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California, the state that led the U.S. into the housing boom and bust with some of the most reckless subprime mortgage lending, is now leading the way out.
A plunge in new defaults in California helped push U.S. foreclosure filings to the lowest level in almost five years, according to RealtyTrac Inc., a seller of home-loan data. Across the country, 531,576 properties received notices of default, auction or repossession in the third quarter, down 13 percent from a year earlier and the lowest since 2007. One in every 248 households got a filing, RealyTrac said today.
California, the birthplace of subprime mortgage lending, saw an explosion of foreclosures thanks to such industry innovations as “no-doc” loans that required no proof of income. The state’s recovery is mirrored by U.S. home values that rose 1.2 percent in July from a year earlier, according to the S&P/Case Shiller index of property prices in 20 major cities. It was the second straight 12-month advance and the biggest jump for the real estate gauge since August 2010.
“We’re starting to see improvement in some of the hardest hit areas, strong demand, competitive bidding on properties and rising prices,” Sean O’Toole, chief executive officer of ForeclosureRadar.com, which tracks sales of foreclosed properties, said in a telephone interview.
The gains are moving in tandem with foreclosure declines as lenders control the flow of bank-owned homes that come to market, crimping inventory and pushing up prices, said Daren Blomquist of Irvine, California-based RealtyTrac.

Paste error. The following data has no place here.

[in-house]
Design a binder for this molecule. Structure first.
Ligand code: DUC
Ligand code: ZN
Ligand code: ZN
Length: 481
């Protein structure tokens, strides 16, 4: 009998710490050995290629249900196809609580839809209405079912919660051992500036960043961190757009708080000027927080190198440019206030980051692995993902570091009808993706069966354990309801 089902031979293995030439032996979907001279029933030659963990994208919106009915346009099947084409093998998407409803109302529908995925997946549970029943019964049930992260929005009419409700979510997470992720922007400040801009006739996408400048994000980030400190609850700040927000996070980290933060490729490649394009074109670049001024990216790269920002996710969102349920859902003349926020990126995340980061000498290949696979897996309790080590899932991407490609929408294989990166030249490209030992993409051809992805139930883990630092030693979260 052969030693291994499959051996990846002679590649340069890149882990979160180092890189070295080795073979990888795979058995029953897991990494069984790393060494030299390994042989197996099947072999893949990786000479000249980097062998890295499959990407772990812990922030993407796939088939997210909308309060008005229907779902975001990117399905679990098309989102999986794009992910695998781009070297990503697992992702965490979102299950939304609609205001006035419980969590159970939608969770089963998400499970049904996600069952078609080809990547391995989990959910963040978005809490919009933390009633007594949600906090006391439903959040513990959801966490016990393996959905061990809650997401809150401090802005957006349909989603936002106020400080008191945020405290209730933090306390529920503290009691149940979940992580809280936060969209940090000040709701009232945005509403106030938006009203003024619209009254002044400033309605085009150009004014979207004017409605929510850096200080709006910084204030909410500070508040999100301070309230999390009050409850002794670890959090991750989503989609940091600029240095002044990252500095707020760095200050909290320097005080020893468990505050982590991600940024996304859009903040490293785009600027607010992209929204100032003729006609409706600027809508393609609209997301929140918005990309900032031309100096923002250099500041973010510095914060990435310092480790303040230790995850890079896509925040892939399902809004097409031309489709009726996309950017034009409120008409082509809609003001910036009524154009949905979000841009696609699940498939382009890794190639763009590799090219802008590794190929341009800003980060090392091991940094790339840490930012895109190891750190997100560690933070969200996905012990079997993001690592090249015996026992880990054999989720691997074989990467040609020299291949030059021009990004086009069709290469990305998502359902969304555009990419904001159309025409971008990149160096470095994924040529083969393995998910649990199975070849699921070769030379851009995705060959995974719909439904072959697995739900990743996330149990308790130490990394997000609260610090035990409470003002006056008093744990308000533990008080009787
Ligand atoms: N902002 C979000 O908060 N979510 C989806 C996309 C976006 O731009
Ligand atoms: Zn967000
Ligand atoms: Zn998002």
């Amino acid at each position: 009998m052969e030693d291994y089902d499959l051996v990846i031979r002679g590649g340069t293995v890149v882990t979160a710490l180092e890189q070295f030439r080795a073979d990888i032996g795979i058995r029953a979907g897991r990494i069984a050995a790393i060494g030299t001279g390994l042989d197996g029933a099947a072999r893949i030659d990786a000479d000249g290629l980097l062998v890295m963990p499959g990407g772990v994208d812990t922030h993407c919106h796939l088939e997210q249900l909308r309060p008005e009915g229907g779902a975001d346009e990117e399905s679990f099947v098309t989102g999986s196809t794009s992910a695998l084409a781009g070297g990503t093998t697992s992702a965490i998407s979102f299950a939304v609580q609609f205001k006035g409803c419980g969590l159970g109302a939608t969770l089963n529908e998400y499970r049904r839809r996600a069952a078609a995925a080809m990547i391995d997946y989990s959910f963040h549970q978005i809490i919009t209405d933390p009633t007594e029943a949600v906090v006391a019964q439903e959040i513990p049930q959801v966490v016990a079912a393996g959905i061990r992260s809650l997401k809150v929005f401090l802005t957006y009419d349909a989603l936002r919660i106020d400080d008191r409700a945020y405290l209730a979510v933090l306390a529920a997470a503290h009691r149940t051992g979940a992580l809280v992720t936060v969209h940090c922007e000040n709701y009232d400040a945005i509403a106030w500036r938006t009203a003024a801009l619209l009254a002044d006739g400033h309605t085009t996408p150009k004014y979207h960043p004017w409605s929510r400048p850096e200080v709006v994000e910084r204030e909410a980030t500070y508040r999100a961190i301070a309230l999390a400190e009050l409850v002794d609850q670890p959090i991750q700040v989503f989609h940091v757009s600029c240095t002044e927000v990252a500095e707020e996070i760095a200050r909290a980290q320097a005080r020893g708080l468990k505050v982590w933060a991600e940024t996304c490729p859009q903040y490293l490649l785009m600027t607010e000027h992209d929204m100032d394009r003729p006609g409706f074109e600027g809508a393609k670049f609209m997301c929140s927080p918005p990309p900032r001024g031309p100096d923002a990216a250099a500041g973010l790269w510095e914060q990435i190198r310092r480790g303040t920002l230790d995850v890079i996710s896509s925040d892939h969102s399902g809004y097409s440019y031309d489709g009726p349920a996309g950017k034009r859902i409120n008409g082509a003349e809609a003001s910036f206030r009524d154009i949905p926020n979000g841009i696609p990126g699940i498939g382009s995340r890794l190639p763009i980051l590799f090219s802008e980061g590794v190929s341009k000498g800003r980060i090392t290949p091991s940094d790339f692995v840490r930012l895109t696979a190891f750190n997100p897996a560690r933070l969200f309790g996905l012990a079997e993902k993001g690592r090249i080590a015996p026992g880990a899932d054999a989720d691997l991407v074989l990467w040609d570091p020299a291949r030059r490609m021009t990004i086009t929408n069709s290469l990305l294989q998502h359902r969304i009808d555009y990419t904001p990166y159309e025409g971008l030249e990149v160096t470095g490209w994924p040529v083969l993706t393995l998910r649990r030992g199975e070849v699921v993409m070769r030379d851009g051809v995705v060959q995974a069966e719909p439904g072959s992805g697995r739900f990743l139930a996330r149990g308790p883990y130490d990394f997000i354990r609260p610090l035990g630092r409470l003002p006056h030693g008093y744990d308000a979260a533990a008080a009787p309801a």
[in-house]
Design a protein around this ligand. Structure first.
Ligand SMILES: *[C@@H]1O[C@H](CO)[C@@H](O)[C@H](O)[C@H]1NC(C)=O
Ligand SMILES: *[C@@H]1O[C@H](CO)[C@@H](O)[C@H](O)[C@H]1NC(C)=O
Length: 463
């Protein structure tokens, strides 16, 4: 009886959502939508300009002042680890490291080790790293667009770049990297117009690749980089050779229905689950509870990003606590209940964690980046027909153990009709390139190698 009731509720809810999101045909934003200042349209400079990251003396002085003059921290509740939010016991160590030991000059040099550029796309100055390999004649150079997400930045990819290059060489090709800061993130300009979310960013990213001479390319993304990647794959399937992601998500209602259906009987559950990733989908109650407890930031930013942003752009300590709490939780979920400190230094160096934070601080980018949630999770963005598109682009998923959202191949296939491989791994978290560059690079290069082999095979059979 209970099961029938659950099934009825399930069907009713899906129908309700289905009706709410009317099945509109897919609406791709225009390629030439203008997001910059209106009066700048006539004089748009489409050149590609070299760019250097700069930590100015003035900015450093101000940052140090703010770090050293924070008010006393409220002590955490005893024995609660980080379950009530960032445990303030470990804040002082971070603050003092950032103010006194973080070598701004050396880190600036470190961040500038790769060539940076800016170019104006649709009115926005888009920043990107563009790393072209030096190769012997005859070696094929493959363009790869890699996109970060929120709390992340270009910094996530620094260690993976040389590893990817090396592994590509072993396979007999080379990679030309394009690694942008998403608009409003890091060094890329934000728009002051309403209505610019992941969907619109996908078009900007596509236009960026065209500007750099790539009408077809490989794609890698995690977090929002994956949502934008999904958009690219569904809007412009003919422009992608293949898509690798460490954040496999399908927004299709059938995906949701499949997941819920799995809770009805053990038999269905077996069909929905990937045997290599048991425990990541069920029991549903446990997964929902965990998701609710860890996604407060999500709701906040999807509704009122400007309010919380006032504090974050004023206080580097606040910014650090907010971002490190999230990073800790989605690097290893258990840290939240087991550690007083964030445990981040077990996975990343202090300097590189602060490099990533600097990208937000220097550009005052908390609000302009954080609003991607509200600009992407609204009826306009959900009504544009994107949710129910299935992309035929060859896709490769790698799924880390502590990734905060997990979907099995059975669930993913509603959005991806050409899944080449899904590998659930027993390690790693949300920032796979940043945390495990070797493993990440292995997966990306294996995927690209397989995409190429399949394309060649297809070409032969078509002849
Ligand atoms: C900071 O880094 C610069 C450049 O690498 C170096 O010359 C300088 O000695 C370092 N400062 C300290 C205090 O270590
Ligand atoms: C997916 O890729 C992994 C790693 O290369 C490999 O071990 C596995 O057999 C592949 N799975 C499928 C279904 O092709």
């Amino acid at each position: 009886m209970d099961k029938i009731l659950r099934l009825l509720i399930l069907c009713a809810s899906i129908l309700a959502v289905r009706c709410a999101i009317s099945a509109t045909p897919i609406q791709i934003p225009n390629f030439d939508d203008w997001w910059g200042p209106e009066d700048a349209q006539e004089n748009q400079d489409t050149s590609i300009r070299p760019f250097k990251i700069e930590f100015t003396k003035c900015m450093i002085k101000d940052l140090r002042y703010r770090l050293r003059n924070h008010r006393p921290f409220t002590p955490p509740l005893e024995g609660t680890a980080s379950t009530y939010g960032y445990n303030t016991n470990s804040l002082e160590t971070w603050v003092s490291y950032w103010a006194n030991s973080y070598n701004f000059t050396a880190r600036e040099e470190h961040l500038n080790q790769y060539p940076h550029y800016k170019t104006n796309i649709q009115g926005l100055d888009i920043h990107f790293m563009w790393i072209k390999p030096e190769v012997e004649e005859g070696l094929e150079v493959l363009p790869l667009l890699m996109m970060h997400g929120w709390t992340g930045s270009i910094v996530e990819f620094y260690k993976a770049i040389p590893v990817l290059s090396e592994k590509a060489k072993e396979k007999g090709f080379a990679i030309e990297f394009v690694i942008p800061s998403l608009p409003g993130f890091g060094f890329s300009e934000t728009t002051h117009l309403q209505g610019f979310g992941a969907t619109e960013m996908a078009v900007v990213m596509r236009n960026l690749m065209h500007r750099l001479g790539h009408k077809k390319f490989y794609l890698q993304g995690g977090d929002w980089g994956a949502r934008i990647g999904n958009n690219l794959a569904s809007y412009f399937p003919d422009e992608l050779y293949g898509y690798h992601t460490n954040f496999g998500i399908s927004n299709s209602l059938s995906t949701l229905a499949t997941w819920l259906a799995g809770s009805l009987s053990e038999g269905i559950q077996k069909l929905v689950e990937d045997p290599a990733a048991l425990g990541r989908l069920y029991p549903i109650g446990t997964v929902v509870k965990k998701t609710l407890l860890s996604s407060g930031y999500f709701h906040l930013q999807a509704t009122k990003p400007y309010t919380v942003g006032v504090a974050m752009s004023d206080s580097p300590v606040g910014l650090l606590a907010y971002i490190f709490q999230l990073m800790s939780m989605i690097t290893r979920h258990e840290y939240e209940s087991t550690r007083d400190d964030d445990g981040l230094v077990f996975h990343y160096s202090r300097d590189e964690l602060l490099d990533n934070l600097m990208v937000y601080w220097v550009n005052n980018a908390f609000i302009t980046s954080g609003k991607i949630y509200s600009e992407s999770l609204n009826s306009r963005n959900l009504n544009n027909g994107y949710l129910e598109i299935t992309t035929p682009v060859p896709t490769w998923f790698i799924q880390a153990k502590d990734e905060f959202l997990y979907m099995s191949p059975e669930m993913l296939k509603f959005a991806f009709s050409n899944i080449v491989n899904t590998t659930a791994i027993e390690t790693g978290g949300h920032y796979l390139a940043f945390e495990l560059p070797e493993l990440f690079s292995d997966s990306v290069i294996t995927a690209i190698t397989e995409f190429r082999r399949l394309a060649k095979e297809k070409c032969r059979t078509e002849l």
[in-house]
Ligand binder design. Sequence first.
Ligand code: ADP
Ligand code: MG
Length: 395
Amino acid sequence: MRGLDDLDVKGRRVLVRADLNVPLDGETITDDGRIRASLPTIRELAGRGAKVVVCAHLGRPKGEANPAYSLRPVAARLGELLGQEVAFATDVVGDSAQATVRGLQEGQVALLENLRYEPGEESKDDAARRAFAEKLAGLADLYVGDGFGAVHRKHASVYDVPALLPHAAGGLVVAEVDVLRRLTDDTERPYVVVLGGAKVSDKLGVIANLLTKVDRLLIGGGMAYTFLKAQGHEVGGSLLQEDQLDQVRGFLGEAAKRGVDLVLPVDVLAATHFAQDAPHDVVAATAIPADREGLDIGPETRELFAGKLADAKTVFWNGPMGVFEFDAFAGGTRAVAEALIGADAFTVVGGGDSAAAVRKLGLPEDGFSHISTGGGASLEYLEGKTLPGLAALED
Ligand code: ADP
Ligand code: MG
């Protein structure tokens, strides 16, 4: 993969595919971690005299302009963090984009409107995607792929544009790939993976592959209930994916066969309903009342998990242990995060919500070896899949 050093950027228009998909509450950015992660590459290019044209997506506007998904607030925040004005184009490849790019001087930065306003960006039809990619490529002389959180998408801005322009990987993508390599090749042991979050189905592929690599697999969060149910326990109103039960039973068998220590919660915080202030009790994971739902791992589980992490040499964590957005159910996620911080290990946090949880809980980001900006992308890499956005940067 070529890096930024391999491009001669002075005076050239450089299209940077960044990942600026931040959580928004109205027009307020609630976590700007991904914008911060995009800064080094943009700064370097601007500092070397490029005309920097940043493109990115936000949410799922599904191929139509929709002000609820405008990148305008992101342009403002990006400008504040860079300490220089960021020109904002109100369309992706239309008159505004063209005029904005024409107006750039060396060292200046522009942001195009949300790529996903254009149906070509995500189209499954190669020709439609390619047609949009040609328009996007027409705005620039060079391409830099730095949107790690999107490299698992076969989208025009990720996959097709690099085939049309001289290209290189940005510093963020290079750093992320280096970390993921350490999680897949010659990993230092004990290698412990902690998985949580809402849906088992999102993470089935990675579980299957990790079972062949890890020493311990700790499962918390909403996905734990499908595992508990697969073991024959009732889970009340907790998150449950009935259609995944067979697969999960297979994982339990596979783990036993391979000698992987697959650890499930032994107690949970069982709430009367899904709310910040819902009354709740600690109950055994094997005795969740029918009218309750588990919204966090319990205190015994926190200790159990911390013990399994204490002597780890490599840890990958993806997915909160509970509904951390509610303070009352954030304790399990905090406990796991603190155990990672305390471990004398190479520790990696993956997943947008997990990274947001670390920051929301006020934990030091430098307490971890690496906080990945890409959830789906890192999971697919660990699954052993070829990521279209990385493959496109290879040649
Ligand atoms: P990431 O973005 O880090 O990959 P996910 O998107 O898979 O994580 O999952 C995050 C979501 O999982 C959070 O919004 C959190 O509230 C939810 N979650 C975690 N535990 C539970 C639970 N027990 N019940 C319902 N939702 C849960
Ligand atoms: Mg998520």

Initial filings in September fell in 31 states, led by California, the most-populous U.S. state, which dropped to a 69- month low. Defaults dropped 45 percent from a year earlier, 34 percent in Arizona, 22 percent in Michigan and 21 percent in Georgia, RealtyTrac said.
Home sales in California’s biggest population centers climbed in August to the highest level since 2006, according to real estate research firm DataQuick. Median house and condominium prices in six Southern California counties jumped 11 percent from a year earlier to $309,000, while values in nine counties in the San Francisco Bay Area gained 11 percent to $410,000, the San Diego-based company said.
“Much of the pickup reflects a continuation of trends we’ve seen for months, like the unleashing of pent-up demand in move-up markets and high levels of cash and investor buying,” DataQuick President John Walsh said in a Sept. 13 statement about the Southern California sales surge.
KB Home (KBH) is seeing “dramatic improvement” in California, where strength in the coastal markets, including the Bay Area and Orange County, is spreading inland, Chairman and Chief Executive Officer Jeffrey Mezger said on a conference call with analysts last month. The West Coast is KB Home’s largest market.
“It’s simply a different market than it was six months ago in the inland areas as inventories have declined significantly and prices are now rising,” Mezger said.
The Los Angeles-based homebuilder fell 1.4 percent today trimming its gain this year to 118 percent. That compares with the 75 percent advance for the 11-member Standard & Poor’s 1500 Homebuilding index.
New home orders in the U.S. are likely to remain robust, according to Barclays Plc. “We expect building product companies to remain profitable, driven by momentum in the new home construction market and offset by continued weakness in discretionary housing products,” Barclays analysts led by Vincent Foley wrote in a note to investors today.